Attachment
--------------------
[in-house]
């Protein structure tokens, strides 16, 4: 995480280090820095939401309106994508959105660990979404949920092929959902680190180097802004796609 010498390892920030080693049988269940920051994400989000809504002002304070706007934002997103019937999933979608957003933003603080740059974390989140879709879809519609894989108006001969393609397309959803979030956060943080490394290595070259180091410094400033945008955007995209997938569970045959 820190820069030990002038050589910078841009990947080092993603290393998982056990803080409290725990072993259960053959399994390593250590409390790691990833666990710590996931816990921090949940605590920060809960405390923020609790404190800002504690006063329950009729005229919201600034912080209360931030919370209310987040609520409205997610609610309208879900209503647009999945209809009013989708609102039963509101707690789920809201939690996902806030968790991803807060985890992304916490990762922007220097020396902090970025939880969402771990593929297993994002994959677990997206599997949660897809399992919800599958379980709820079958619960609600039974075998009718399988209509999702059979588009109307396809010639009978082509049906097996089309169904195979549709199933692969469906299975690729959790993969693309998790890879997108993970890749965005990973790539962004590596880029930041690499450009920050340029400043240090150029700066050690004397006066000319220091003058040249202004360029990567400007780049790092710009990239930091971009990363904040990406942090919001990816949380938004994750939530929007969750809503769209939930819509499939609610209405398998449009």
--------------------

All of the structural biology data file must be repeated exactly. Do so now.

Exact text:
[in-house]
């Protein structure tokens, strides 16, 4: 995480280090820095939401309106994508959105660990979404949920092929959902680190180097802004796609 010498390892920030080693049988269940920051994400989000809504002002304070706007934002997103019937999933979608957003933003603080740059974390989140879709879809519609894989108006001969393609397309959803979030956060943080490394290595070259180091410094400033945008955007995209997938569970045959 820190820069030990002038050589910078841009990947080092993603290393998982056990803080409290725990072993259960053959399994390593250590409390790691990833666990710590996931816990921090949940605590920060809960405390923020609790404190800002504690006063329950009729005229919201600034912080209360931030919370209310987040609520409205997610609610309208879900209503647009999945209809009013989708609102039963509101707690789920809201939690996902806030968790991803807060985890992304916490990762922007220097020396902090970025939880969402771990593929297993994002994959677990997206599997949660897809399992919800599958379980709820079958619960609600039974075998009718399988209509999702059979588009109307396809010639009978082509049906097996089309169904195979549709199933692969469906299975690729959790993969693309998790890879997108993970890749965005990973790539962004590596880029930041690499450009920050340029400043240090150029700066050690004397006066000319220091003058040249202004360029990567400007780049790092710009990239930091971009990363904040990406942090919001990816949380938004994750939530929007969750809503769209939930819509499939609610209405398998449009």